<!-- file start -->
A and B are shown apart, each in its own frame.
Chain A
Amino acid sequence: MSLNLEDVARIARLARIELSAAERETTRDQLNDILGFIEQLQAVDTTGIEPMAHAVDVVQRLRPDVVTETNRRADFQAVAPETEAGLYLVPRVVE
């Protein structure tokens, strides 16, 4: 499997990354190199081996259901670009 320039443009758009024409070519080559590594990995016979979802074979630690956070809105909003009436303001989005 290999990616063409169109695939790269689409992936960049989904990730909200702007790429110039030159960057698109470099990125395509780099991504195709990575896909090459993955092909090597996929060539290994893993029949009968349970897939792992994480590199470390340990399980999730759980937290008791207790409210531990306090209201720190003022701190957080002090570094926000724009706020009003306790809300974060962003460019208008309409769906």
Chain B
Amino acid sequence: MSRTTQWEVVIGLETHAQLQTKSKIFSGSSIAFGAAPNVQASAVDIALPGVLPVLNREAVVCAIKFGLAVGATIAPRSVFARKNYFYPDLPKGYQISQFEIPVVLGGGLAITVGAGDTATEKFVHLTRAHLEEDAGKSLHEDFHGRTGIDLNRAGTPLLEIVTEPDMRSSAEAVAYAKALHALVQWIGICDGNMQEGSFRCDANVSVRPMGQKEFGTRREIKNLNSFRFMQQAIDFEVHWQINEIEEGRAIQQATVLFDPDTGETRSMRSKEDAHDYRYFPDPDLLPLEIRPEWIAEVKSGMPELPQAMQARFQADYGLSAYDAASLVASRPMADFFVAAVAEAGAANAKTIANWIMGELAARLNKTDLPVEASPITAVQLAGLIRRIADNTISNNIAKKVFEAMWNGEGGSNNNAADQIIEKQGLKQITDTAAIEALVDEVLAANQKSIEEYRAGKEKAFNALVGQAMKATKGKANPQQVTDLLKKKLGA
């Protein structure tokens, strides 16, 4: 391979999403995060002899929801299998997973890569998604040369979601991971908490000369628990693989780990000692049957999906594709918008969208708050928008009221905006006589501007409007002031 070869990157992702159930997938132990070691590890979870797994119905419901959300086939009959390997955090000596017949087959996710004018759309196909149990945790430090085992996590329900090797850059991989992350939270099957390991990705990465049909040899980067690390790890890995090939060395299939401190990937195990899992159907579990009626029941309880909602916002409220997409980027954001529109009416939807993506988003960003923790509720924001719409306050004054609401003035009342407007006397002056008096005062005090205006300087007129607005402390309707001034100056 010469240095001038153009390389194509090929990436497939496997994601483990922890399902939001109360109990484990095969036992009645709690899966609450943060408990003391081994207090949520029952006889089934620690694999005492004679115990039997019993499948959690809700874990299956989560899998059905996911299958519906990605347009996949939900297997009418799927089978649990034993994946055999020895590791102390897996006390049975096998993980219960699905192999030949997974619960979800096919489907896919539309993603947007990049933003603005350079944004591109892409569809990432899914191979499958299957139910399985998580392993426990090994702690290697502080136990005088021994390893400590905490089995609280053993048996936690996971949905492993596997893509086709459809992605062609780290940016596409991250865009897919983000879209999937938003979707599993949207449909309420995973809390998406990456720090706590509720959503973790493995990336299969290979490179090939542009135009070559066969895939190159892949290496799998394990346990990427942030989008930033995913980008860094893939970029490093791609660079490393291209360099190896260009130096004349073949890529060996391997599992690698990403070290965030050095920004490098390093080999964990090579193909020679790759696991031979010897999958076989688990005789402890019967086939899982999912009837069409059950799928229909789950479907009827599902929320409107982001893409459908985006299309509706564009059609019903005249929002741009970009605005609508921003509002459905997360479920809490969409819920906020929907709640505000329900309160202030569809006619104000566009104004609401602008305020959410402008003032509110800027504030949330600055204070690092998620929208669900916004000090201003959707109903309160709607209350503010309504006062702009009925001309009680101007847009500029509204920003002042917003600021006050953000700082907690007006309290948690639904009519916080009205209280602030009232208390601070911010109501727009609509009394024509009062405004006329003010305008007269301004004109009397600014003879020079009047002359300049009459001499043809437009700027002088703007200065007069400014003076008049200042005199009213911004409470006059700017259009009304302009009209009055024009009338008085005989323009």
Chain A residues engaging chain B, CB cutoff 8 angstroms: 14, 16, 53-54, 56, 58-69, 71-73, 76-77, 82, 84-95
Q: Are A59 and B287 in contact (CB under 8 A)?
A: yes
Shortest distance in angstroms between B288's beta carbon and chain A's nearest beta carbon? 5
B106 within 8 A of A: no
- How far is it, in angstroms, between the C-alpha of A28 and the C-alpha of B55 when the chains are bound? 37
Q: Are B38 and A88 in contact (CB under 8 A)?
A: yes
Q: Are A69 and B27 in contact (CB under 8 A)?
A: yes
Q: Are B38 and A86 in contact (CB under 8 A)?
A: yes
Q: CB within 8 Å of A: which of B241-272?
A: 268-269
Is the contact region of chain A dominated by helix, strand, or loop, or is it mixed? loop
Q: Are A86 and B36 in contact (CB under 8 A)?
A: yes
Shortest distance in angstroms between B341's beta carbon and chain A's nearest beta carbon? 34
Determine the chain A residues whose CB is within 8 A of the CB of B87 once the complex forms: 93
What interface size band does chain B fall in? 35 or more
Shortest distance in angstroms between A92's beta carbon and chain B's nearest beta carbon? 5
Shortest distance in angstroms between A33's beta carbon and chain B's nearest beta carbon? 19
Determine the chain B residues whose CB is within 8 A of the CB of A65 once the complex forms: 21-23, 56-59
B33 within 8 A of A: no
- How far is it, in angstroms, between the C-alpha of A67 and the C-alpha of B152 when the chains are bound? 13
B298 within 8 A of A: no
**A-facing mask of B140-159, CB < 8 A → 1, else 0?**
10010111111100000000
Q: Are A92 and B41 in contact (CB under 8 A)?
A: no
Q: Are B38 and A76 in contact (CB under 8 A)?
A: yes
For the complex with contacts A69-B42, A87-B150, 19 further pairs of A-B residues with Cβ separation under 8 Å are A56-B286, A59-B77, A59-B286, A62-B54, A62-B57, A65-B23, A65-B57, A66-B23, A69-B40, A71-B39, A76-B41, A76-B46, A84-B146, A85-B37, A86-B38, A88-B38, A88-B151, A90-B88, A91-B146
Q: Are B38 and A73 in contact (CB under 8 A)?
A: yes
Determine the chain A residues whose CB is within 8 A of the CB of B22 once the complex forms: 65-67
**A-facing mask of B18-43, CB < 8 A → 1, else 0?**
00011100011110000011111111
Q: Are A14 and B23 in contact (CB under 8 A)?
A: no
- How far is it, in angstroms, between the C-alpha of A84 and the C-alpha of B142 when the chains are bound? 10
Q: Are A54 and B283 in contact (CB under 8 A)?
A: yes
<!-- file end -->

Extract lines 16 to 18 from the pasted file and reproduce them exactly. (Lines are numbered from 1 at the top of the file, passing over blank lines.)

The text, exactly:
Q: Are A69 and B27 in contact (CB under 8 A)?
A: yes
Q: Are B38 and A86 in contact (CB under 8 A)?